Exemplar schemes of work
The specifications and teacher’s guides (where available) provide us and our
students with the core information about the nature of the programmes.
Generic assessment criteria for the GCSE Citizenship Studies Short Course
specifications were established by the QCA, ensuring consistency across all of the
examining boards. Each board uses slightly different methods to assess these
criteria, using a combination of externally assessed examination and internally
assessed / externally moderated coursework. These methods are set out clearly in
the specifications provided by each board (a brief synopsis is available in the tables
The assessment objectives for the GCSE Citizenship Studies Short Courses ask
students to:
AO1 – demonstrate their knowledge and understanding of events of current interest;
roles, rights and responsibilities; communities and identities; democracy and
government; and relate them appropriately to individual, local, national and
global contexts.
AO2 – obtain, explain and interpret different kinds of information, including from the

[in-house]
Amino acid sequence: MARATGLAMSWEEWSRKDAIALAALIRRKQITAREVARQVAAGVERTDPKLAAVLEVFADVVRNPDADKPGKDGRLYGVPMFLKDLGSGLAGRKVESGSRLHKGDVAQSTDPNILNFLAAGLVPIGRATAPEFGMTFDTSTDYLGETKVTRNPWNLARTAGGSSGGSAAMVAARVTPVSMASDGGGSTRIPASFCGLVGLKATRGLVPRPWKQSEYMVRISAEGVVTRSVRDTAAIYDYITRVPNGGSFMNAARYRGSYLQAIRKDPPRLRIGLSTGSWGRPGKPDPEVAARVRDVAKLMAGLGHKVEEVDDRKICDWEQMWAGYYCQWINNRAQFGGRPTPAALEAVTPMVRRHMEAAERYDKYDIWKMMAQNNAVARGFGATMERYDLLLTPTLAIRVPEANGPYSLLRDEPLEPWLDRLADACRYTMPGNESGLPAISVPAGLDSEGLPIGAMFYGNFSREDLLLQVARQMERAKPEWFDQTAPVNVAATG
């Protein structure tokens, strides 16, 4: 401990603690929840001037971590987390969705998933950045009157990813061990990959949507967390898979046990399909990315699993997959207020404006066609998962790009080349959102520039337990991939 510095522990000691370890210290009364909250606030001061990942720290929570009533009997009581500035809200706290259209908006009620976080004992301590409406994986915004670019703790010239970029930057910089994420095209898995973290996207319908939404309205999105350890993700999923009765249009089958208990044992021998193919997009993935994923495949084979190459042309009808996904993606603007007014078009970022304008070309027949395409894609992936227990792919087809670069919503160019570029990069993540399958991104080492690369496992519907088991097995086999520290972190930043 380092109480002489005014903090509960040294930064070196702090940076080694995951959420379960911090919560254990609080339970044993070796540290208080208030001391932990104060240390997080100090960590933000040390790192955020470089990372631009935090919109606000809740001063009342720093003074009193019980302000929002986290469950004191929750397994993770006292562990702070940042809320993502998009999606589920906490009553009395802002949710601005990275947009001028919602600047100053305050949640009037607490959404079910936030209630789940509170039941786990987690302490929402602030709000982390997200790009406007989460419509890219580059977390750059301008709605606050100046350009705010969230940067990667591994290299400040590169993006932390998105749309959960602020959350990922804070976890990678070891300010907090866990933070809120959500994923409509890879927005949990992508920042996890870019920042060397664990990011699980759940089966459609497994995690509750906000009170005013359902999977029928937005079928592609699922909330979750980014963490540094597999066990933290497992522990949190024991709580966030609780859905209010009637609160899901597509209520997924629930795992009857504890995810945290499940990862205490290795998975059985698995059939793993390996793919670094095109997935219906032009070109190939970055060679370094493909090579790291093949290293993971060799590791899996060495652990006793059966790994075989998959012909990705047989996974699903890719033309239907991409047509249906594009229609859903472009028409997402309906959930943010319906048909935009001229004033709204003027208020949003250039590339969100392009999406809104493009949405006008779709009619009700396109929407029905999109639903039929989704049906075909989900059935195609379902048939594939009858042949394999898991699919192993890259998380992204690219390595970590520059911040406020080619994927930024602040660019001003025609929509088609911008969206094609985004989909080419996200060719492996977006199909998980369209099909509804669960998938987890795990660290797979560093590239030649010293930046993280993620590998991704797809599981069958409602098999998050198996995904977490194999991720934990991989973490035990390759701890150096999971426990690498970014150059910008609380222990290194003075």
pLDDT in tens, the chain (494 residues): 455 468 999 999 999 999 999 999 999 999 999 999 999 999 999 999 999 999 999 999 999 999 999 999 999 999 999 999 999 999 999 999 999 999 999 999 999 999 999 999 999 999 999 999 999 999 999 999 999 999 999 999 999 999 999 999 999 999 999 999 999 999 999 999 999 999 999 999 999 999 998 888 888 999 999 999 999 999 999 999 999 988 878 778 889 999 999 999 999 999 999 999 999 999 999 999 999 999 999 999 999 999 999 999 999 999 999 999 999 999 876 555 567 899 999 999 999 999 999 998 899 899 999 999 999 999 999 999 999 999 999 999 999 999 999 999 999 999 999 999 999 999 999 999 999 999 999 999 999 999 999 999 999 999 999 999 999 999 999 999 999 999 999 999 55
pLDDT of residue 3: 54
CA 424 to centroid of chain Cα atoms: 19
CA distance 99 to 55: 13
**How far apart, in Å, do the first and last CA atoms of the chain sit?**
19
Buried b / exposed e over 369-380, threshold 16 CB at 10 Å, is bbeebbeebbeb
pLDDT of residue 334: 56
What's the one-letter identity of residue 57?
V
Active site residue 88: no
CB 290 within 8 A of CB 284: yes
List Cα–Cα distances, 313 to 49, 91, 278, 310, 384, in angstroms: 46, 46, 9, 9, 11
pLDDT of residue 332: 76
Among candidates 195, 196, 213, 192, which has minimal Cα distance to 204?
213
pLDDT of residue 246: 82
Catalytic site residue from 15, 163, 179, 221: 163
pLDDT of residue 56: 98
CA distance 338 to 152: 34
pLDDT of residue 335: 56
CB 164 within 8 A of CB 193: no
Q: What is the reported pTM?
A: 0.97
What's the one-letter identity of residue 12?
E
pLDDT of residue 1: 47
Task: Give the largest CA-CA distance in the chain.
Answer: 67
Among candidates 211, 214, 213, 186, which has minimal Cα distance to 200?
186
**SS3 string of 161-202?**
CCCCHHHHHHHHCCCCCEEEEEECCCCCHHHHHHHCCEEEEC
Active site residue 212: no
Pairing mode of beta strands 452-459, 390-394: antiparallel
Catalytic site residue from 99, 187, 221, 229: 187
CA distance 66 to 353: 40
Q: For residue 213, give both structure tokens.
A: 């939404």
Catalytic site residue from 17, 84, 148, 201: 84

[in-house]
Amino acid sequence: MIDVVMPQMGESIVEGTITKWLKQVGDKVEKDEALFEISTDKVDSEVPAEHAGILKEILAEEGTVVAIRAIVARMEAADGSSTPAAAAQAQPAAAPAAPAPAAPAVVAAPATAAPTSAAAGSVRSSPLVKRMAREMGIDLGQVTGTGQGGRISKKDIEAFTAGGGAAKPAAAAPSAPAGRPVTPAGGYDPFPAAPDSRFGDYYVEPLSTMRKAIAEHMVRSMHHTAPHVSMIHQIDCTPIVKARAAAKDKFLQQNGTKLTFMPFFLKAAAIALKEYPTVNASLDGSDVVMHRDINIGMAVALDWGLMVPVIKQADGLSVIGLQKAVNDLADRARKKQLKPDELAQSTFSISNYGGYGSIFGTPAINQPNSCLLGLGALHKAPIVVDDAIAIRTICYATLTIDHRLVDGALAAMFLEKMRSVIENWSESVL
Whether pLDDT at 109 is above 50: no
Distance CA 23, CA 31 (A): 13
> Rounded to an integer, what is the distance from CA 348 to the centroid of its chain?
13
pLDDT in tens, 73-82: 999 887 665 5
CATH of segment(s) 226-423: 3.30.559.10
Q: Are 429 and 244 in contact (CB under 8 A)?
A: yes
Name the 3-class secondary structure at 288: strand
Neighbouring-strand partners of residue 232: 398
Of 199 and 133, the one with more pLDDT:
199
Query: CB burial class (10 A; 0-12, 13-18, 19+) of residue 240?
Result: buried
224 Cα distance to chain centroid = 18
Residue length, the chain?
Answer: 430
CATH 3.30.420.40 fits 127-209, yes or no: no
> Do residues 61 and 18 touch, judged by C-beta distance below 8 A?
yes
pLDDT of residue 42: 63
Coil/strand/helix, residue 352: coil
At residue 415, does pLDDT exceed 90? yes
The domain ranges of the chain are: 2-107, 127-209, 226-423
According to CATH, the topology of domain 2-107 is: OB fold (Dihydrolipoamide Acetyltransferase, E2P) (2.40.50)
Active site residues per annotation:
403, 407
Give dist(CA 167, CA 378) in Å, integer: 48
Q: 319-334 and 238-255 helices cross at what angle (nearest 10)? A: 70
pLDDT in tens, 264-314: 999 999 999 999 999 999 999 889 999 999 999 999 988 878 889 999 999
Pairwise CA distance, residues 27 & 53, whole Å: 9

media in order to discuss, form and express an opinion formally and in writing,
and demonstrate their ability to analyse and present evidence on a variety of
issues, problems and events.
AO3 – plan and evaluate citizenship activities in which they have participated and
demonstrate an understanding of their own contribution to them, as well as
recognizing the views, experiences and contributions of others.
Each piece of assessed work expected by the examination board is related to these
three assessment objectives through a weighting. It is the respective weighting,
rather than the assessment objectives, which can differ between boards. The
weighting of assessment criteria for the written examinations provides an example of
When sitting externally set examinations it is also important that students are aware
of the criteria against which they will be assessed, and how questions in external